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On Starting Sparring from the Knees…

A reader writes: Hi Stephan, I’ve been doing BJJ for about 6 months and am wondering if you have any advice about what to do when you’re starting on the knees?

I find that most wrestling-style takedowns are very difficult to do from the knees, especially because my opponents are really good at sprawling.

And if I get my grips then inevitably my opponent also gets his grips and the whole thing turns into a big pushing and pulling match, which doesn’t seem very technical to me.

Anyway, I currently feel really lost and have no idea how to initiate the action from the knees – can you help?

Sincerely Bohdan

——————

Hi Bohdan,

Most BJJ classes start their sparring from the knees. This is because staying on the knees reduces the amount of space you need for each sparring pair, and that allows more people to be on the mat at the same time.

Starting on the knees also reduces the risk of injury associated with throws and takedowns.   Less throws and takedowns equals less injuries (I love Judo as a sport but don’t fool yourself – it has an incredibly high injury rate).

However starting with both people on their knees isn’t the most realistic position from which to initiate sparring.

First of all, starting on the knees has no application to modern self defense.

This might not always have been true.  In medieval Japan, after all, people spent a lot of time on their knees, and I’m sure that people did get attacked while kneeling.  That’s why many traditional Japanese jujutsu systems include armed and empty handed techniques for when both people are kneeling. But this kind of scenario – two people kneeling in front of each other – in today’s day and age is exceedingly rare!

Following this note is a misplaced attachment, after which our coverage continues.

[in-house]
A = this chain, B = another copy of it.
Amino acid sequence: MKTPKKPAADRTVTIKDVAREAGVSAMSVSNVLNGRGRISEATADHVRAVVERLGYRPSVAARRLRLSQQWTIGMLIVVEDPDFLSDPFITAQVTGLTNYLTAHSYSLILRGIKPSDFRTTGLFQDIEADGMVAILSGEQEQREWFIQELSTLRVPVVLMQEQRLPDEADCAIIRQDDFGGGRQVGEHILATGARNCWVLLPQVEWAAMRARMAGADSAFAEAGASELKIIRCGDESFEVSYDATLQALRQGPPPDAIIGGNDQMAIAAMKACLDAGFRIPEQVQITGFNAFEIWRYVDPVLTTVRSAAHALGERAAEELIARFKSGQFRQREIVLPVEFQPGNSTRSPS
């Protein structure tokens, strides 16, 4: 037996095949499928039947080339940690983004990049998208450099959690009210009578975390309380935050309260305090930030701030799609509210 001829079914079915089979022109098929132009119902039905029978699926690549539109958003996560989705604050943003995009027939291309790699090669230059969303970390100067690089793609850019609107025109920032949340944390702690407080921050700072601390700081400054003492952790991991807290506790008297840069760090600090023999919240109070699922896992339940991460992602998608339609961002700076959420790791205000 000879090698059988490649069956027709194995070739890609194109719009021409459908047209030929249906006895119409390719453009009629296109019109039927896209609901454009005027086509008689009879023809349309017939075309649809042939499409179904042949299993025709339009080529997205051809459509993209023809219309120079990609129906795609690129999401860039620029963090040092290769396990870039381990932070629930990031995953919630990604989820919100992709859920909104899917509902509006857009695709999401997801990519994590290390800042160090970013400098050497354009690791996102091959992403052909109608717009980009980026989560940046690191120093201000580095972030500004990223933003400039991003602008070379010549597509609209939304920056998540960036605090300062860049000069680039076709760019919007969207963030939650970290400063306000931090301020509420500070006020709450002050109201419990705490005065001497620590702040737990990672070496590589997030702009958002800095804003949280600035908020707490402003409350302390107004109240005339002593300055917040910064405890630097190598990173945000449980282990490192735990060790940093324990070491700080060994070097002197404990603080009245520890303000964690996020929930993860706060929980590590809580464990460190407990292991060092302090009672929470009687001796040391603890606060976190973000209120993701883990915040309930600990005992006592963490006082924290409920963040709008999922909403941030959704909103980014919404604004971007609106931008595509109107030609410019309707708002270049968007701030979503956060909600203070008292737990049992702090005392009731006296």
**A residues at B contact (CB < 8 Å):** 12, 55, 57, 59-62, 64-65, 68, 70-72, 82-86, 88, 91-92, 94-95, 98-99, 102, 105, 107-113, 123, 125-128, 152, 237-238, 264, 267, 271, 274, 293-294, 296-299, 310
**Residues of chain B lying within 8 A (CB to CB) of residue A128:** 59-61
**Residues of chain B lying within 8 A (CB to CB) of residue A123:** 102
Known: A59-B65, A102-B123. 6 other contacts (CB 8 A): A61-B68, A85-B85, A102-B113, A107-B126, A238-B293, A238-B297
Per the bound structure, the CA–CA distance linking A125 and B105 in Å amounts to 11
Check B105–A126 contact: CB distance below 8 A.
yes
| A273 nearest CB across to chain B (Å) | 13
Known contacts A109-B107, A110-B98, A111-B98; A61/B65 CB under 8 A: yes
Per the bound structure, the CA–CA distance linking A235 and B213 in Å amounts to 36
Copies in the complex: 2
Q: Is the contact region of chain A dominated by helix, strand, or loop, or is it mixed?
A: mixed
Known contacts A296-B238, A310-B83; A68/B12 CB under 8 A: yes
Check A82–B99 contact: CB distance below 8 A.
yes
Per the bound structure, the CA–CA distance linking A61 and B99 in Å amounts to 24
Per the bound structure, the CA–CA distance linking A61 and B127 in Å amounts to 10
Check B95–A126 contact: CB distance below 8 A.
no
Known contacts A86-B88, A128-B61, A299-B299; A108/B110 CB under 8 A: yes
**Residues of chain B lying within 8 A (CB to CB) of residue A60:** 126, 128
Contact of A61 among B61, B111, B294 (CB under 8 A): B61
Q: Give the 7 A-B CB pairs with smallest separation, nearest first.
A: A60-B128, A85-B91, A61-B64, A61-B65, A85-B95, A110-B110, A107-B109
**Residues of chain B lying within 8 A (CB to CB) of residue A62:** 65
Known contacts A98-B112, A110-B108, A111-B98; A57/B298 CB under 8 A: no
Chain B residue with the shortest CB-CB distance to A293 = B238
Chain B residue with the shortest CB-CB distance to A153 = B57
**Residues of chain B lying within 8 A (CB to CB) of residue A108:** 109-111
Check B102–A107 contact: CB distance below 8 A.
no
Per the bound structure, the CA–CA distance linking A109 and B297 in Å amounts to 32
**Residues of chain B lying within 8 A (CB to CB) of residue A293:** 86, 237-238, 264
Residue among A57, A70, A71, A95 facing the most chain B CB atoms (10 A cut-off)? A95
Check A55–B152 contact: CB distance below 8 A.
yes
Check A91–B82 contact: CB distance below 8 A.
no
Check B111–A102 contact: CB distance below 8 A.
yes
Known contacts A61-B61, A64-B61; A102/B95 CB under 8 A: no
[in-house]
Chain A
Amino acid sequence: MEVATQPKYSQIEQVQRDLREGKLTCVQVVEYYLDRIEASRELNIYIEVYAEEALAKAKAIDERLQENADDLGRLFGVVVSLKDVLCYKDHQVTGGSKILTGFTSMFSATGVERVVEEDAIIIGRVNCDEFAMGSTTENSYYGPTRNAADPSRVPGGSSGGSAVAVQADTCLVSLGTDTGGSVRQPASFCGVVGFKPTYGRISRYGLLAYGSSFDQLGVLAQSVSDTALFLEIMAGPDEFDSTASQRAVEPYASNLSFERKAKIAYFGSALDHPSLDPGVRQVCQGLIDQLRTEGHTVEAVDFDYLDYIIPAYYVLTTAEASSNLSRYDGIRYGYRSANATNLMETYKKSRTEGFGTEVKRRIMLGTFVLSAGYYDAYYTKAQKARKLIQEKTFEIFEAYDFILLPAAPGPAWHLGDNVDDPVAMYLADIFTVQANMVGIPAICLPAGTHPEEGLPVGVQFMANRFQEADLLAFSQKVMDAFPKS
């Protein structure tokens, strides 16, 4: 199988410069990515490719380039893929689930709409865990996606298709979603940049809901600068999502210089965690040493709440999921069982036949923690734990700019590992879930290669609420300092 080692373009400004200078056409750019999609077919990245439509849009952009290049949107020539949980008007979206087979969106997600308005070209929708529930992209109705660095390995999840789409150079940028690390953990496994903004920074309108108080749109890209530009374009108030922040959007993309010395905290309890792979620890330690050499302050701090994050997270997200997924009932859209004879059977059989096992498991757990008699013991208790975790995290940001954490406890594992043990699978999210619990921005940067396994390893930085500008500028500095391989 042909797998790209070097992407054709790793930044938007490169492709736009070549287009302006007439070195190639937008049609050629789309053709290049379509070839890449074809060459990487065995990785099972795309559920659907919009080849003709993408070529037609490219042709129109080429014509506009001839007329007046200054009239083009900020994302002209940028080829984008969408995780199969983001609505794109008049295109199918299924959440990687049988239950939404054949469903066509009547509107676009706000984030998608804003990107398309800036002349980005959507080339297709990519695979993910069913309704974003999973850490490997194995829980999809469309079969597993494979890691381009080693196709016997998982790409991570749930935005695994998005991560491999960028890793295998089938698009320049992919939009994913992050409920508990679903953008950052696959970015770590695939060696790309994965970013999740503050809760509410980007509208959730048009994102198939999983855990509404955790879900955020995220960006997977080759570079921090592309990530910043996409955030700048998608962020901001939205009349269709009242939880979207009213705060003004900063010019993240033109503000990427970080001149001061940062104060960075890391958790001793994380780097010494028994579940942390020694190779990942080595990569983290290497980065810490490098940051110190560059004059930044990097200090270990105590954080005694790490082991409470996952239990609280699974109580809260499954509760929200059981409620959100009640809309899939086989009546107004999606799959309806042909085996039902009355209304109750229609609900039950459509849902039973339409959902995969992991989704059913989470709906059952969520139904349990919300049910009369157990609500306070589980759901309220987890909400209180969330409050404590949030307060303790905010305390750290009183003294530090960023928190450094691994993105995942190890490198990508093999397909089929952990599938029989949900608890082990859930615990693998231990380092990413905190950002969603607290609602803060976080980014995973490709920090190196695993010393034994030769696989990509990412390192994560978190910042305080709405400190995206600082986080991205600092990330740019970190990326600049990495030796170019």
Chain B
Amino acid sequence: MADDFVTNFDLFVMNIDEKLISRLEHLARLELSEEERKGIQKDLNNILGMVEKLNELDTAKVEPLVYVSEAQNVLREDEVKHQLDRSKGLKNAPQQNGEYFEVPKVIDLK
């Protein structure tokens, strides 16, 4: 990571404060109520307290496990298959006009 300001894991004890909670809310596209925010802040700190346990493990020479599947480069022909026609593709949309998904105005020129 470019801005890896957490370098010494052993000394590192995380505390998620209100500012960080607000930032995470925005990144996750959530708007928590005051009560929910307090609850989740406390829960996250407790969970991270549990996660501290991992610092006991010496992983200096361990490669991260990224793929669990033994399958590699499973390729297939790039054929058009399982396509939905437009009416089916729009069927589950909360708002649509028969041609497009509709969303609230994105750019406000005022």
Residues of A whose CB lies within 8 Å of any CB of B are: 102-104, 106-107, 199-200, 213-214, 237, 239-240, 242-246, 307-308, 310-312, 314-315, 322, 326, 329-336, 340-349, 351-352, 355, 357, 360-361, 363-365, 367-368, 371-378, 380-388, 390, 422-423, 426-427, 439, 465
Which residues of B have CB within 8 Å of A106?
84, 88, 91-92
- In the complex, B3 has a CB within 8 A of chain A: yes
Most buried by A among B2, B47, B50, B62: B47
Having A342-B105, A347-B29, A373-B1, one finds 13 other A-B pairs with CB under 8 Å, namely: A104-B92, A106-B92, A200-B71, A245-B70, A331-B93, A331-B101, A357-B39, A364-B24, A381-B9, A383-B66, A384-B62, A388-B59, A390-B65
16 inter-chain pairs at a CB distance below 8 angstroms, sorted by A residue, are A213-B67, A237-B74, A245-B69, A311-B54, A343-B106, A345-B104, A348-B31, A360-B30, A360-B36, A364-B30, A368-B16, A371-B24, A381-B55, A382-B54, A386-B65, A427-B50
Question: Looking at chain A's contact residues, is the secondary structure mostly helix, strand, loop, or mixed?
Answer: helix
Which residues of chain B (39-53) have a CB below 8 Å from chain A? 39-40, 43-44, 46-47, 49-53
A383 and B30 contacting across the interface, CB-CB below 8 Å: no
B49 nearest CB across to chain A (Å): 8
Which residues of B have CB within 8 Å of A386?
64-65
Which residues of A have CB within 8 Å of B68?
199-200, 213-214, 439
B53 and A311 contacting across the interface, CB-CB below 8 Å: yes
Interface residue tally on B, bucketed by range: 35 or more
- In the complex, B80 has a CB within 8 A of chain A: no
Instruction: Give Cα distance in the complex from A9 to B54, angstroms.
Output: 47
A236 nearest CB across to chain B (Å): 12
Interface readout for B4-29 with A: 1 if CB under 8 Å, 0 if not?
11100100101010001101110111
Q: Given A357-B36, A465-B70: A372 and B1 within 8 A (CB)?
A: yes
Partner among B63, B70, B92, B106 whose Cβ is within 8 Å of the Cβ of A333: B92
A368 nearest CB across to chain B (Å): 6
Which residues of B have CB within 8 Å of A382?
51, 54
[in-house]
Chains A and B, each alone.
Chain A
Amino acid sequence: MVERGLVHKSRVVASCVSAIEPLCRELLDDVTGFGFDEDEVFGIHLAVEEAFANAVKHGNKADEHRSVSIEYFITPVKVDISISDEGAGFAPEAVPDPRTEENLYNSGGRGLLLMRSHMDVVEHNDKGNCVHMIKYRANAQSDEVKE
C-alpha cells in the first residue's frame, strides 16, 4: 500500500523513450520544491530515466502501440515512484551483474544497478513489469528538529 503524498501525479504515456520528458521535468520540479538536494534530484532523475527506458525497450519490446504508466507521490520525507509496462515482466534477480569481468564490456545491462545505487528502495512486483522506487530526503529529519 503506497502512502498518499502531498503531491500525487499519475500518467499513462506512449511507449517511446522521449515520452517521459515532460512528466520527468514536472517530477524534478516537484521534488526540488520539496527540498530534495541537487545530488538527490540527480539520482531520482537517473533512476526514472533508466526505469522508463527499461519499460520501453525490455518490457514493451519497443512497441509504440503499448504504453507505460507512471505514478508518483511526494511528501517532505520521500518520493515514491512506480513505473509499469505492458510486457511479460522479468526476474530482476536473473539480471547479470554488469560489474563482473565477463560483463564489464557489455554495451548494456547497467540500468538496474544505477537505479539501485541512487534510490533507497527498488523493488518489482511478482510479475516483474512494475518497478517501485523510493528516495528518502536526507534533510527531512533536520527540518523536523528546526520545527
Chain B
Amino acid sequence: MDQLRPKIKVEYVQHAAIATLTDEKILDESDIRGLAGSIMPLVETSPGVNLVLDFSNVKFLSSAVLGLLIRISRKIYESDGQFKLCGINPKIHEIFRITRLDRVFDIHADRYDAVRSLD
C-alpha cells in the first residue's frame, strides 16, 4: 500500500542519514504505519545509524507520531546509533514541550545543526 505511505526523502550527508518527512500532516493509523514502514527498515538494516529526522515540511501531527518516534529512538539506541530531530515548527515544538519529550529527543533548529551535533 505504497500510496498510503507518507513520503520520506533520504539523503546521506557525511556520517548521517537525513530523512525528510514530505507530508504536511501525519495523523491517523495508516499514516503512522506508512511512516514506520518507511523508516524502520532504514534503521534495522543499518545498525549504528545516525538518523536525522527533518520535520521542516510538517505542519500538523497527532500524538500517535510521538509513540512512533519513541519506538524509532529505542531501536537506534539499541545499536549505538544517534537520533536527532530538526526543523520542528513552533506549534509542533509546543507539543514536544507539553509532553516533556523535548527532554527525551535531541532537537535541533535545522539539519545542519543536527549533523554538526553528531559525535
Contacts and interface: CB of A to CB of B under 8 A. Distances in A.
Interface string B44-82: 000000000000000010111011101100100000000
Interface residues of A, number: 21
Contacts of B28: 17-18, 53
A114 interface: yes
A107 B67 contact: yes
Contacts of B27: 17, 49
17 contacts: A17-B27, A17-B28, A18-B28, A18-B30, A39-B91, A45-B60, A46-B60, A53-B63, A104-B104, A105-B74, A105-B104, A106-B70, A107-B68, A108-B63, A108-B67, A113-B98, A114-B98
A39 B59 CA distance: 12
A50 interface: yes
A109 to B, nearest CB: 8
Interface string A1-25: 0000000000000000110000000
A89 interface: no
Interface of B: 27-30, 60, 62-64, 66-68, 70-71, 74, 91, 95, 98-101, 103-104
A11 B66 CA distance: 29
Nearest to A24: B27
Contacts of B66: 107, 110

Furthermore starting on the knees has very limited application in tournament competition.

I’ve watched hundreds and hundreds of BJJ matches, and I can only think of one or two cases where both contestants both ended up on their knees facing each other for more than a brief moment (inevitably one person either pulls guard or stands up).

So spending most of the match on the knees, pushing and pulling against your sparring partner, is a waste of sparring time.

But what are your alternatives?

Well, often you can ask your opponent to start in a specific position. Tell him something » Continue Reading.

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Don’t Be Afraid of Admitting that You Don’t Know Everything

This is rant was brewing inside me for a long time, and I’m sure it’ll upset some people and ruffle some feathers.  Oh well, can’t make an omlette without breaking a few eggs, so I’ll get over it…

I did the rant in video form, and the full name of that video is “Don’t Bullshit Your Students About Knowing Everything!” which pretty much sums it up!